Today’s blog is excerpted from my newest book, a completely revised and updated 10th anniversary edition of Supercoach: 10 Secrets to Transform Anyone’s Life.
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There is a line from the Greek poet Archilochus, which is generally translated as:
The fox knows many things, but the hedgehog knows one big thing.
While foxes might be cunning and able to devise hundreds of strategies for catching unsuspecting hedgehogs off guard and eating them for dinner, the hedgehog has only one defensive strategy: to curl up in a ball, spiky spines exposed, and wait until the fox (or other predator) gives up and goes away.
When it comes to making decisions, it seems to me that we have the same choice – to devise a thousand strategies for happiness and success, or to find one thing that really works and do it a thousand times.
The obvious question is this:
What’s the one thing?
After nearly 30 years of coaching individuals and groups from nearly every walk of life, I can say with confidence that the people who do really well over time are often not the smartest, or best-read. They can be introvert or extrovert, seemingly self-assured or apparently neurotic and insecure. What they all have in common is that they have an unusually high degree of trust in their own sense of knowing, and a willingness to follow that sense right up to (and occasionally) over the edge of an apparent cliff if that’s what it’s guiding them to do. In other words, they have a deep relationship with and abiding faith in the wisdom within.
The fact that so many of us are so out of touch with that inner knowing is simply the result of a lifetime of ‘fox training.’ We’ve been innocently taught from the time we were born that the ‘right’ answers to our most important questions are out in the world around us, waiting to be found. So we search and we seek, and sure enough, there are thousands of people only too willing to share their best advice on how to find happiness, get everything we want, and outfox the other foxes to make our way in the world.
But meanwhile, the deeper mind – our inner knowing – is quietly whispering (and occasionally shouting) words of guidance, common sense, and direction in our ear. Sometimes that guidance takes the form of a ‘no-brainer yes’ or a ‘no-brainer no’ that makes decision-making effortless. More often than not, people experience it as a simple feeling of ‘on track’ or ‘off track’ that lets them know when to hold back and when to jump in with both feet, even if what they’re jumping into seems way over their head at the time.
Ironically, the more we think about this inner knowing, the harder it is to feel, which is why most of us intuitively know that when the outcome seems to really matter, it’s worthwhile pausing for breath and letting things settle before pulling back or moving forward.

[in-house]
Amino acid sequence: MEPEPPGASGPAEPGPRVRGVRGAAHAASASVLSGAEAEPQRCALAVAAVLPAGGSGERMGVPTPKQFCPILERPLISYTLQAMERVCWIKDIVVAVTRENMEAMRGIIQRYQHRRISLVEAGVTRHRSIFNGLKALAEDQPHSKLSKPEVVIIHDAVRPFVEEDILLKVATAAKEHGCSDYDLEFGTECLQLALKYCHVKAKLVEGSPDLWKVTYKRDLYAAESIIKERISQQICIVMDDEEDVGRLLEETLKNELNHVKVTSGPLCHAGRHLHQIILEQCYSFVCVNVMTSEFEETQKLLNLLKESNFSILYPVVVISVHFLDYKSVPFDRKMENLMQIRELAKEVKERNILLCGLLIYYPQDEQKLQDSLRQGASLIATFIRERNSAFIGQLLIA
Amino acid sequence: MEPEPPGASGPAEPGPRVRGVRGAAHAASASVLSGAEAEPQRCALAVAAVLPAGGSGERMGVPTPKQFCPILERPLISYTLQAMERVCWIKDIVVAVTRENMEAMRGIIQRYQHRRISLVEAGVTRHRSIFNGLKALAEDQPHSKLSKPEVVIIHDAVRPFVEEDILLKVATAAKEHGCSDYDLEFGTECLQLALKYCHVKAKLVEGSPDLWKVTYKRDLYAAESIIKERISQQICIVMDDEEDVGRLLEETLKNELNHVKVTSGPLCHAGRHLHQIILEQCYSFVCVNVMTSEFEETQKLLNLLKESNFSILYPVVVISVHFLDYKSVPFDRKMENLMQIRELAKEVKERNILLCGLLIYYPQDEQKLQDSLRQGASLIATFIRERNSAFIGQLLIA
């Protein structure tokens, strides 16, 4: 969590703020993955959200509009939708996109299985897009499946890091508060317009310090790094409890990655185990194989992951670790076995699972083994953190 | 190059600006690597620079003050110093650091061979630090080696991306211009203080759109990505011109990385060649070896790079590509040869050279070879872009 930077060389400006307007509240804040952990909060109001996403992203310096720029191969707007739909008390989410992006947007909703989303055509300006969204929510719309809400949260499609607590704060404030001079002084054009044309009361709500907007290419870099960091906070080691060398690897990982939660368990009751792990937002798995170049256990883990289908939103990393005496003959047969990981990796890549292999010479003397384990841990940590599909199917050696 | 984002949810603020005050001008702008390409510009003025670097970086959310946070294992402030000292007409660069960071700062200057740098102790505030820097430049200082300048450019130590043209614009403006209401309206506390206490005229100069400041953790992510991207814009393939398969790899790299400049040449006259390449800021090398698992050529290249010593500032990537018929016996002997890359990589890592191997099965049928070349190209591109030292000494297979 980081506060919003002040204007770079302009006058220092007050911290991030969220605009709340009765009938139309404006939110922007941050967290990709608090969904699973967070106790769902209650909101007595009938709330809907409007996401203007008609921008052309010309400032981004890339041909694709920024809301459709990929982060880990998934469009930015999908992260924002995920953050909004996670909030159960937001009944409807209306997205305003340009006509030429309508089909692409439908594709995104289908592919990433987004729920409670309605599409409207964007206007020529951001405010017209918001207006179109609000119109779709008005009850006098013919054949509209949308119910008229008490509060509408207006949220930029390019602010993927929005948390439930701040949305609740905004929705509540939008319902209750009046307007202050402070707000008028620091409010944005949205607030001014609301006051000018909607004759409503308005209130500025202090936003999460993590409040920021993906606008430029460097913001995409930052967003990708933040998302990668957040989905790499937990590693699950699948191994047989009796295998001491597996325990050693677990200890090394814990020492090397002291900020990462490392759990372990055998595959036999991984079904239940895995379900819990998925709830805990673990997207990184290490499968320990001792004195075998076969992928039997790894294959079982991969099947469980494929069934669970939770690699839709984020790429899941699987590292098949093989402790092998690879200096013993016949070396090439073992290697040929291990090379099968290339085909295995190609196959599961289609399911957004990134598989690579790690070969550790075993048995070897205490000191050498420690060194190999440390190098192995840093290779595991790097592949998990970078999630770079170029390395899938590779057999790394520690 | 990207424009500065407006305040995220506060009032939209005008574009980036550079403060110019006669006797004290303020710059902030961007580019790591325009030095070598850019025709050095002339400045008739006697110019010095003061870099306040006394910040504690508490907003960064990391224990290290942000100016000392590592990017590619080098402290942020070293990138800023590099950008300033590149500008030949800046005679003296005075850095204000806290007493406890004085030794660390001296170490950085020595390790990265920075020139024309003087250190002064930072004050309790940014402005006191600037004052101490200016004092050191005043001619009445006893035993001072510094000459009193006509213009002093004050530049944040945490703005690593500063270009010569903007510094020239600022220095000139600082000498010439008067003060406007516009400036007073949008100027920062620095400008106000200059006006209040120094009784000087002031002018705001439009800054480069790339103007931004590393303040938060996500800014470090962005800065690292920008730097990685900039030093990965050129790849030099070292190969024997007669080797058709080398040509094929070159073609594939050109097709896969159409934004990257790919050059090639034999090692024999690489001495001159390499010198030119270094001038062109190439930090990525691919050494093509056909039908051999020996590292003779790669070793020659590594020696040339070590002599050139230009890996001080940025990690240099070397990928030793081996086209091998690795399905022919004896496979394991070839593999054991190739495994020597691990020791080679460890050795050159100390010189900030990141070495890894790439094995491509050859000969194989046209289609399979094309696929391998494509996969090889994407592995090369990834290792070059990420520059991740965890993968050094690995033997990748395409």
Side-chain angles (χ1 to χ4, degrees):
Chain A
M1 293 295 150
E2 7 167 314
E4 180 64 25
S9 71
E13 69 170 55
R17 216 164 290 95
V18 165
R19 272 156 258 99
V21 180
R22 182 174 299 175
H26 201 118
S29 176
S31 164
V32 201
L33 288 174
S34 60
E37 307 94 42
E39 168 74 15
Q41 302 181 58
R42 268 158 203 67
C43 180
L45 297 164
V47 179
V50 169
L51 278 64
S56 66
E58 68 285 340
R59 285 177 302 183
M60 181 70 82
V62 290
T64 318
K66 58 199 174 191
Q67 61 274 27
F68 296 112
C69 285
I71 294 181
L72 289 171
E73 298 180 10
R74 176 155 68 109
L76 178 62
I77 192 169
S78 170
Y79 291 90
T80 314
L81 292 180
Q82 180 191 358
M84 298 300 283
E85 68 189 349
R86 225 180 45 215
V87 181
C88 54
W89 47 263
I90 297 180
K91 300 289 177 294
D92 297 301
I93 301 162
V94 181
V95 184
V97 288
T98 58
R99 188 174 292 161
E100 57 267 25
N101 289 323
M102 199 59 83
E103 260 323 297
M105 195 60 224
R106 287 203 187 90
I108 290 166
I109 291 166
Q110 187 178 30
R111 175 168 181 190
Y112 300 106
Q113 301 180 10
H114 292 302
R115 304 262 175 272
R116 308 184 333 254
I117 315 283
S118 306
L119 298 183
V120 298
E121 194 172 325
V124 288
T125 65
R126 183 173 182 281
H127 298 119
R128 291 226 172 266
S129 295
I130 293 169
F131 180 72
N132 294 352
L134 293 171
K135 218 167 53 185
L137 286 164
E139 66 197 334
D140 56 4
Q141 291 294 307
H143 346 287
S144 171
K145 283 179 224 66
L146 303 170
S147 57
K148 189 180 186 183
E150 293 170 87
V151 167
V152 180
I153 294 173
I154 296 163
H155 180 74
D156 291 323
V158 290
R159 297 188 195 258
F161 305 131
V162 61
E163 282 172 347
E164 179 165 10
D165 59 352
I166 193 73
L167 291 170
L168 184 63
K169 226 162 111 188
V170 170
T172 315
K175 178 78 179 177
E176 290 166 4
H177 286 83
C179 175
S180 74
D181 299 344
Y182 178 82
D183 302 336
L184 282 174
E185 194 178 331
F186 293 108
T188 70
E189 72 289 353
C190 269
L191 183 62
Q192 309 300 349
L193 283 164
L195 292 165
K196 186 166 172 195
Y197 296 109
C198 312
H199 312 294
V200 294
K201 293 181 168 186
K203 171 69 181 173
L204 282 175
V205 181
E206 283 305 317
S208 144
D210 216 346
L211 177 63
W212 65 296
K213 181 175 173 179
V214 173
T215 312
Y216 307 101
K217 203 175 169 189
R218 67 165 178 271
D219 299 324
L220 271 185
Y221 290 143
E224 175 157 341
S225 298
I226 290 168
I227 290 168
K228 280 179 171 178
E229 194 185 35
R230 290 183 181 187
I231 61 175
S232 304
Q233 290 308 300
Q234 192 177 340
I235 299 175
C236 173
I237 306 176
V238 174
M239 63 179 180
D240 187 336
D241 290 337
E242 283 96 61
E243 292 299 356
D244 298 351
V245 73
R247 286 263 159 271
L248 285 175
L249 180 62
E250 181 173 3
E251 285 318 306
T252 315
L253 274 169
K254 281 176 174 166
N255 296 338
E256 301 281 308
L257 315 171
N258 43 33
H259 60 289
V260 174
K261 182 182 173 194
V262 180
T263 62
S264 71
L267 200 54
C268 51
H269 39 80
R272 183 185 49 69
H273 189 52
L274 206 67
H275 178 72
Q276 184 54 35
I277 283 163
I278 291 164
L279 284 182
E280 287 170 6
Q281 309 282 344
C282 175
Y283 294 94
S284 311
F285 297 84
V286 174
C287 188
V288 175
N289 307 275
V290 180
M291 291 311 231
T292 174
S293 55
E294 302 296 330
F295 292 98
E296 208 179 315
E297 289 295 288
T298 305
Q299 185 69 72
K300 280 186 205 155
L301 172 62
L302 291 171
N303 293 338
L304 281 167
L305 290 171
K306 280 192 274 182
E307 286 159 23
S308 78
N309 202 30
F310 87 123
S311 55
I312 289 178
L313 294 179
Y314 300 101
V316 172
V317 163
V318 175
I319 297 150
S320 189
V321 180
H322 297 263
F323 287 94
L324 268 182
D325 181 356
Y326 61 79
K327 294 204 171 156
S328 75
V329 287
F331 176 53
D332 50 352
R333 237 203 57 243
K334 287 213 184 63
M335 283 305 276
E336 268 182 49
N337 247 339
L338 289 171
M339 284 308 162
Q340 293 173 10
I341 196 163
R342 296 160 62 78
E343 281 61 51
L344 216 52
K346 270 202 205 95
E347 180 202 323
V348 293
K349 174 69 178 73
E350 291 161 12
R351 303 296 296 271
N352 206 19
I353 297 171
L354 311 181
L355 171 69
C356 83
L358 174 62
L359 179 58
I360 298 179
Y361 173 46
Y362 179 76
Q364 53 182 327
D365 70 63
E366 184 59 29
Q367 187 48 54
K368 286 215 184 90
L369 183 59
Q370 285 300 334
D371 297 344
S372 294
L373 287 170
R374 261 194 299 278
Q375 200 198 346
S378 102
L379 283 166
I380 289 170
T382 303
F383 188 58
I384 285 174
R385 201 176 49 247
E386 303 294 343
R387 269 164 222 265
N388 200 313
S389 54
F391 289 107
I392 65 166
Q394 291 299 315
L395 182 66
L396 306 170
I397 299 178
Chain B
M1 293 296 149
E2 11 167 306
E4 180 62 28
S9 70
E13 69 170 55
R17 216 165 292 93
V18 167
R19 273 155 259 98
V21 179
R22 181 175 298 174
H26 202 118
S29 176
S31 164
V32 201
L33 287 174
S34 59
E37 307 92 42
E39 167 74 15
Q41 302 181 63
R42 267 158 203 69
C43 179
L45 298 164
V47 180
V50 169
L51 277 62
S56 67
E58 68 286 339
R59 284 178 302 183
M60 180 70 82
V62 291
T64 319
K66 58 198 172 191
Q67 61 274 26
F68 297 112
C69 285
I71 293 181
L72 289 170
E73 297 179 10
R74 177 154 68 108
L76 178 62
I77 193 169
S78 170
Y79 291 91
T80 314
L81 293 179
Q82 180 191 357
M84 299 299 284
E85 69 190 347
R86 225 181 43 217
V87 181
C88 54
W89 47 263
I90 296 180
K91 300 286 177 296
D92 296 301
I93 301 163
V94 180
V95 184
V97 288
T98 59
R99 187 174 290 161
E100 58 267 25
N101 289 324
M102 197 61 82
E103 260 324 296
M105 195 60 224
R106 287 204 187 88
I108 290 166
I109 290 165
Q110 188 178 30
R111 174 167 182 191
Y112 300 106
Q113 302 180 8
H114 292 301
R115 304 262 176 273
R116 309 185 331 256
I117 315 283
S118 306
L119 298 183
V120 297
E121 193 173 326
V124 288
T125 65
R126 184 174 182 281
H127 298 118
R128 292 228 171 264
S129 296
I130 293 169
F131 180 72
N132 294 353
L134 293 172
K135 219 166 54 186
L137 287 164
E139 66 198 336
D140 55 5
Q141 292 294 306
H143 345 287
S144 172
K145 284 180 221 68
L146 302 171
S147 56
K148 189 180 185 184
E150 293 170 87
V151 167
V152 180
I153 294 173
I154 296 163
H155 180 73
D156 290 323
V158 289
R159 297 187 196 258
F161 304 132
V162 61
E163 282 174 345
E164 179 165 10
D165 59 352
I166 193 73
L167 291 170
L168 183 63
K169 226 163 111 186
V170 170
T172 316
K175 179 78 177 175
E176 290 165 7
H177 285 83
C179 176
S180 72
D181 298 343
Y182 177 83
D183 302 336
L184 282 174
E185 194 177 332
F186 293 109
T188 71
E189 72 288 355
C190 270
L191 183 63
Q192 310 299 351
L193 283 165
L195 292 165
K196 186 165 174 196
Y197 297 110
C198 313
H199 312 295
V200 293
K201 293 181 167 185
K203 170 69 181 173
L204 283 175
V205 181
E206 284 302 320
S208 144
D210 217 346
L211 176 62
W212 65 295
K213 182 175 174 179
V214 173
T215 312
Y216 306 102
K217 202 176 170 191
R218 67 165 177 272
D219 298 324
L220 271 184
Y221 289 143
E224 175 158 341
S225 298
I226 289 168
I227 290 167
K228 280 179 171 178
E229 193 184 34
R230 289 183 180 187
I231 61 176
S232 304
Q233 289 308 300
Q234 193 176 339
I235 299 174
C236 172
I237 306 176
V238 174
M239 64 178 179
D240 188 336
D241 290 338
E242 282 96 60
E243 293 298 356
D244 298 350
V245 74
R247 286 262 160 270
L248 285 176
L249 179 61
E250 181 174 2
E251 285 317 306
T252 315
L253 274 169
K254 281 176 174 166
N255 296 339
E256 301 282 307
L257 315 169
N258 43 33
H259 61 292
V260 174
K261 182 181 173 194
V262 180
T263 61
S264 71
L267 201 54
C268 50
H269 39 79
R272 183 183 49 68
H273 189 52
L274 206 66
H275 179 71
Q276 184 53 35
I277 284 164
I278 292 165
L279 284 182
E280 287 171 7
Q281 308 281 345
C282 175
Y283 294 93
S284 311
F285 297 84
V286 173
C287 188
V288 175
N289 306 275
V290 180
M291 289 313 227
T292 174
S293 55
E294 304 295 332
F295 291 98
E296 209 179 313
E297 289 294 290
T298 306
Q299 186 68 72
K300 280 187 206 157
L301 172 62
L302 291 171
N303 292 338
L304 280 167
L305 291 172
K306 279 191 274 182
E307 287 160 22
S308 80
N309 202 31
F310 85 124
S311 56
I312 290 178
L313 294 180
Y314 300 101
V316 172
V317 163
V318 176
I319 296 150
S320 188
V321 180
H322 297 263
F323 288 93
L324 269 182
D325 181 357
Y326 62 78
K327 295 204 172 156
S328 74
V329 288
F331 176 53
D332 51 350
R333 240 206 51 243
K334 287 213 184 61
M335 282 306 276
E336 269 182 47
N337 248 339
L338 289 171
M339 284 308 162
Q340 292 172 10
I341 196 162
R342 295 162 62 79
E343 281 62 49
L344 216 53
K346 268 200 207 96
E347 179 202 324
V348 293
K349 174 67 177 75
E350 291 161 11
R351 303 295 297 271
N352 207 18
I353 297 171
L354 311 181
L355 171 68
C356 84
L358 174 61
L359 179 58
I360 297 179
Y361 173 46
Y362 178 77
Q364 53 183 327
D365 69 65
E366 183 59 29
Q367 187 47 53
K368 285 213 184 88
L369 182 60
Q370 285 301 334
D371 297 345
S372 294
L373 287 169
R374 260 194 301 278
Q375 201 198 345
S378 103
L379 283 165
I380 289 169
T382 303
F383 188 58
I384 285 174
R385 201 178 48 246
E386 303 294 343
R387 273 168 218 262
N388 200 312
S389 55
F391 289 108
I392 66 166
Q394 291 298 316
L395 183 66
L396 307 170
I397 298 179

But even when we lose our way, wisdom never leaves us. And when we know beyond a shadow of a doubt that our relationship with and faith in wisdom is all we need to live a life rich with meaning, purpose, and joy, it gets easier to hear its words. Then the fox of our cleverness doesn’t need to be fed quite so often, and we begin to spend more and more of our time attending to the hedgehog of wisdom. The more we look within, the more we see; the more we see, the easier it is to do. And life gets better, moment by moment, one lovely day at a time.
This kind of common sense/innate wisdom approach to life is always available to us, but we spend so much of our time preoccupied, caught up in the whirlwind of our thoughts, that we don’t notice it. And on the rare occasions when we do notice it, we often ignore it, hoping that our intellect can find an answer more in keeping with what we hope will turn out to be true.
I was explaining this idea in a meeting with a potential corporate client one day when one of the women in the room asked for an example. I went with the first one that popped into my head – that nearly every woman I’ve talked to who has come out the other side of a bad marriage has told me that she knew not to marry the guy at some point before getting far enough down the aisle to say ‘I do.’
Before I could even finish my example, another of the women in the room burst into tears. It turned out that she was engaged to be married and was doing her best to ignore her wisdom because she didn’t want to ‘let anyone down.’
‘Besides,’ she asked me, ‘how do I know whether that’s some kind of inner knowing or just fear?’
I was tempted to say, ‘Ask your wisdom,’ but I offered her the following guidelines…
- Wisdom is ever-present and always kind.
- Wisdom is sometimes soft but always clear.
- Wisdom has an obviousness to it when you hear it, even if it’s completely invisible to you until you do
- Wisdom often comes disguised as ‘common sense,’ but in reality is extremely uncommon in usage.
With all my love,